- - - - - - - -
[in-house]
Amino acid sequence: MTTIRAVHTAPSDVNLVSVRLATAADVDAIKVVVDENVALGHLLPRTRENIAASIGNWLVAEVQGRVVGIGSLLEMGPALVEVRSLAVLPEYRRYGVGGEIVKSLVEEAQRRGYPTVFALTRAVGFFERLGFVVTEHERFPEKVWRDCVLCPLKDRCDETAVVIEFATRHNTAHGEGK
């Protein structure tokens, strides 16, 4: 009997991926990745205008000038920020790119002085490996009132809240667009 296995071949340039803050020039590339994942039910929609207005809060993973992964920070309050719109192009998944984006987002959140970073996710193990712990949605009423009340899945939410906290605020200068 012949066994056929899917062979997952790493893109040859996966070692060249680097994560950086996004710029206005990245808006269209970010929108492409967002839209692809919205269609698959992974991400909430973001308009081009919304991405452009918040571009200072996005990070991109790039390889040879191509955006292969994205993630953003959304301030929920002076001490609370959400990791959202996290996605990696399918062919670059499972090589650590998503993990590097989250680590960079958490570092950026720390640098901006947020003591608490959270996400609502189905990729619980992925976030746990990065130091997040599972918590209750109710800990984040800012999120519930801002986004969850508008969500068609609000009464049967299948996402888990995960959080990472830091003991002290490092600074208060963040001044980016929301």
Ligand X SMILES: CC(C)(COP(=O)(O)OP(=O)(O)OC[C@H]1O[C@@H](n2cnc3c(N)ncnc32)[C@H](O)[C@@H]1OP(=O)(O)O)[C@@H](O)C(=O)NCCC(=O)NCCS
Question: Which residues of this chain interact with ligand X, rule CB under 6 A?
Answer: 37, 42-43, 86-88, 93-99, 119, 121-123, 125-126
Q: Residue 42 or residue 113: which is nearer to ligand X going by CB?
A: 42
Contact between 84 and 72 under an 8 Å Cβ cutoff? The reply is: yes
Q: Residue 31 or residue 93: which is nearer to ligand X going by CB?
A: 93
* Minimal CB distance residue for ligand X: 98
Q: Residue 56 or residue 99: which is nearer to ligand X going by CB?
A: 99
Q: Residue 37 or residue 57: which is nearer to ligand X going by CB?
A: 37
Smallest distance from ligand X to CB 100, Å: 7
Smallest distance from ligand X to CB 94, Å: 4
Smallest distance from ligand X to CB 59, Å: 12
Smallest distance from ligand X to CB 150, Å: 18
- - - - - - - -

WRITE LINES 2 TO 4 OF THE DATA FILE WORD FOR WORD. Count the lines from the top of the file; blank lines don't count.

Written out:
Amino acid sequence: MTTIRAVHTAPSDVNLVSVRLATAADVDAIKVVVDENVALGHLLPRTRENIAASIGNWLVAEVQGRVVGIGSLLEMGPALVEVRSLAVLPEYRRYGVGGEIVKSLVEEAQRRGYPTVFALTRAVGFFERLGFVVTEHERFPEKVWRDCVLCPLKDRCDETAVVIEFATRHNTAHGEGK
């Protein structure tokens, strides 16, 4: 009997991926990745205008000038920020790119002085490996009132809240667009 296995071949340039803050020039590339994942039910929609207005809060993973992964920070309050719109192009998944984006987002959140970073996710193990712990949605009423009340899945939410906290605020200068 012949066994056929899917062979997952790493893109040859996966070692060249680097994560950086996004710029206005990245808006269209970010929108492409967002839209692809919205269609698959992974991400909430973001308009081009919304991405452009918040571009200072996005990070991109790039390889040879191509955006292969994205993630953003959304301030929920002076001490609370959400990791959202996290996605990696399918062919670059499972090589650590998503993990590097989250680590960079958490570092950026720390640098901006947020003591608490959270996400609502189905990729619980992925976030746990990065130091997040599972918590209750109710800990984040800012999120519930801002986004969850508008969500068609609000009464049967299948996402888990995960959080990472830091003991002290490092600074208060963040001044980016929301």
Ligand X SMILES: CC(C)(COP(=O)(O)OP(=O)(O)OC[C@H]1O[C@@H](n2cnc3c(N)ncnc32)[C@H](O)[C@@H]1OP(=O)(O)O)[C@@H](O)C(=O)NCCC(=O)NCCS